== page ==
Altera’s upcoming 28nm FPGAs will feature Embedded HardCopy Blocks, 28-Gbps embedded transceivers, and user-friendly partial reconfiguration. Embedded HardCopy Blocks will improve the density and I/O performance of next-generation Altera FPGAs. High-speed transceivers will help designers implement designs such as 400G systems on a single chip without the need for costly external components. Partial reconfiguration enables designers to reconfigure part of the FPGA while other sections remain running.
- Embedded HardCopy Blocks
Customizable hard intellectual property (IP) blocks that harden standard or logic-intensive functions
- 28-Gbps Embedded Transceivers
Enable breakthrough I/O bandwidth while letting you reduce external components, I/O count, power, and cost
- Partial Reconfiguration
Helps engineers reconfigure portions of the FPGA on the fly, without any system downtime
Embedded HardCopy Blocks
The Embedded HardCopy Blocks are customizable hard intellectual property (IP) blocks that leverage Altera’s HardCopy ASIC capabilities. They are used to harden standard or logic-intensive functions such as interface protocols, application-specific functions, and proprietary custom IP. The Embedded HardCopy Blocks offer developers faster time to market for designs while also reducing cost and power.
Partial reconfiguration enables engineers to reconfigure the FPGA while other sections remain running. This is extremely important in systems where uptime is critical because it allows designers to make updates or adjust functionality without disrupting services. Lowering power and cost, partial reconfiguration also improves effective logic density by removing the necessity to place in the FPGA functions that do not operate simultaneously. Instead, these functions can be stored in external memory and loaded as needed. This reduces the size of the FPGA by allowing multiple applications on a single FPGA, saving board space and reducing power.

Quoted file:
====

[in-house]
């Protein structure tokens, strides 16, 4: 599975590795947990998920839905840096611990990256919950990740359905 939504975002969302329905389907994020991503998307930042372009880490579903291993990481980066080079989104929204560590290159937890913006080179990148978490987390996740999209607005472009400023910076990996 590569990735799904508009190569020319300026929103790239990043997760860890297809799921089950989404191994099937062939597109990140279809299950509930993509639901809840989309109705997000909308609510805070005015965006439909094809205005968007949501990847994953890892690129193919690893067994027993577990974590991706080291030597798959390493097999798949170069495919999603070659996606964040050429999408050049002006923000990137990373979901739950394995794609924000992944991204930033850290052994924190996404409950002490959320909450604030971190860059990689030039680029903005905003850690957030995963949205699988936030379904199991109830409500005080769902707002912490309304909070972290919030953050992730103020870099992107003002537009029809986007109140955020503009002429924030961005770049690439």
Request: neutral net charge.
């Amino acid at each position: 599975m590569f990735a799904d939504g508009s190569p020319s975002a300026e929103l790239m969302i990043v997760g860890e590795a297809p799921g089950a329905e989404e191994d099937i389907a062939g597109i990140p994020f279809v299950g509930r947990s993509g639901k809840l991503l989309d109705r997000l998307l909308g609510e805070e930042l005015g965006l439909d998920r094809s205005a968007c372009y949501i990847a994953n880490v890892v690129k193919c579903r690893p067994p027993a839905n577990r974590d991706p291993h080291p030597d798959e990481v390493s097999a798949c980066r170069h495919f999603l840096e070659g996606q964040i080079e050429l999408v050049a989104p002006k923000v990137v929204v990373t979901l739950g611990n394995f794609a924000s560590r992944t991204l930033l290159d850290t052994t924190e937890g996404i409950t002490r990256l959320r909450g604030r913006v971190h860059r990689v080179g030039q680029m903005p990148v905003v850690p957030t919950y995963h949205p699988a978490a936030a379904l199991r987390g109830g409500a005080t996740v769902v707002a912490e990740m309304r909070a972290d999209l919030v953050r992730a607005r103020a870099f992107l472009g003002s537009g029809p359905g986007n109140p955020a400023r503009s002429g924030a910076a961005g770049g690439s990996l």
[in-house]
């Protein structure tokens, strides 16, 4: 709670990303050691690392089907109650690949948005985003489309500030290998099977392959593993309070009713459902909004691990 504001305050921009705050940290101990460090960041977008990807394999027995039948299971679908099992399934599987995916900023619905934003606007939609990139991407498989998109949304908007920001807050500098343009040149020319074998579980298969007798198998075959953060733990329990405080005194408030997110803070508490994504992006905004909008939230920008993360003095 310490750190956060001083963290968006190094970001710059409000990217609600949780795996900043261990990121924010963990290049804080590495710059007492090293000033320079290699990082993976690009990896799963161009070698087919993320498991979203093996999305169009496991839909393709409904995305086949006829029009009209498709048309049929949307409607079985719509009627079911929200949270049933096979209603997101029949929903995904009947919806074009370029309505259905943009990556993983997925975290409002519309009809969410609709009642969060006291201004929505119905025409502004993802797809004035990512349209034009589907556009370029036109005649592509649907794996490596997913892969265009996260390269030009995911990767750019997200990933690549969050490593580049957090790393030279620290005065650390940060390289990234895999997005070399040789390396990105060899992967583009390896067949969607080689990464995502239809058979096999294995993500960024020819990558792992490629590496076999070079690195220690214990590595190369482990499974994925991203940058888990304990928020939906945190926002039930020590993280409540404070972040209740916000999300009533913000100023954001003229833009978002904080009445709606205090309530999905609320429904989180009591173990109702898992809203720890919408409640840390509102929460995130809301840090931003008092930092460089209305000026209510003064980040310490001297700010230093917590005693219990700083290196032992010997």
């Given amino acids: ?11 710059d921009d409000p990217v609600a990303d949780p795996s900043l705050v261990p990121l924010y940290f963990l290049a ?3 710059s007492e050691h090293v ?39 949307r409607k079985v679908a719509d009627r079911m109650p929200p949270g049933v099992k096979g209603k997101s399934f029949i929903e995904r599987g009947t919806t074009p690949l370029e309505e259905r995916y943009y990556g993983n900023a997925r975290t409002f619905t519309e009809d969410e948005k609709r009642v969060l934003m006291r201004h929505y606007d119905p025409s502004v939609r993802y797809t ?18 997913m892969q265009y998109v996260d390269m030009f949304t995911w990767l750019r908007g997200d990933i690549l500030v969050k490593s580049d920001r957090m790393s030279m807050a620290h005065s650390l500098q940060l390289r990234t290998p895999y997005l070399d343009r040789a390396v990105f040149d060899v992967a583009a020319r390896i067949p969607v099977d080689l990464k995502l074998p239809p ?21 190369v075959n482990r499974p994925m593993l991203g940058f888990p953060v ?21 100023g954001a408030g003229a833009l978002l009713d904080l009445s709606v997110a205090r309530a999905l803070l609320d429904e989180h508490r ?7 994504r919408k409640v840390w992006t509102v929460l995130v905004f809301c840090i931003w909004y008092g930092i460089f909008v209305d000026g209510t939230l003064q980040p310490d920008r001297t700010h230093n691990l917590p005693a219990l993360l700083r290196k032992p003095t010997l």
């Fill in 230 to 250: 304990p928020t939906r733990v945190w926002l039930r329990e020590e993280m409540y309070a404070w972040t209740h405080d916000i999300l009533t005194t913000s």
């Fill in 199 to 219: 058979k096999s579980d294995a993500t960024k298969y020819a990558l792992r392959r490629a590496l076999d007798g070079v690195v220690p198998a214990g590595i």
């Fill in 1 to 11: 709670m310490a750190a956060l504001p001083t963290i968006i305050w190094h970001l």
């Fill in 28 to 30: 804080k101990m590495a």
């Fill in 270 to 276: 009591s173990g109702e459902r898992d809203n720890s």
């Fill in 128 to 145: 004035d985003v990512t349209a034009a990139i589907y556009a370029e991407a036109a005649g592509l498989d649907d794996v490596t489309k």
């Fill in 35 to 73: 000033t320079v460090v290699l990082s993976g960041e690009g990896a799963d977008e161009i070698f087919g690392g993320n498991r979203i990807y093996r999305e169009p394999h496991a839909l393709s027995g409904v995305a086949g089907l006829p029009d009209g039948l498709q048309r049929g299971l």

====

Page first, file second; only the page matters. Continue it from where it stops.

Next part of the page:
28-Gbps Embedded Transceivers
The 28 Gbps embedded transceivers enable breakthrough I/O bandwidth. Designers will be able to maintain design functionality while reducing external components, I/O count, power, and cost. Engineers will be able to implement next-generation designs, such as 400G systems, on a single chip, without costly external components.
More info: Altera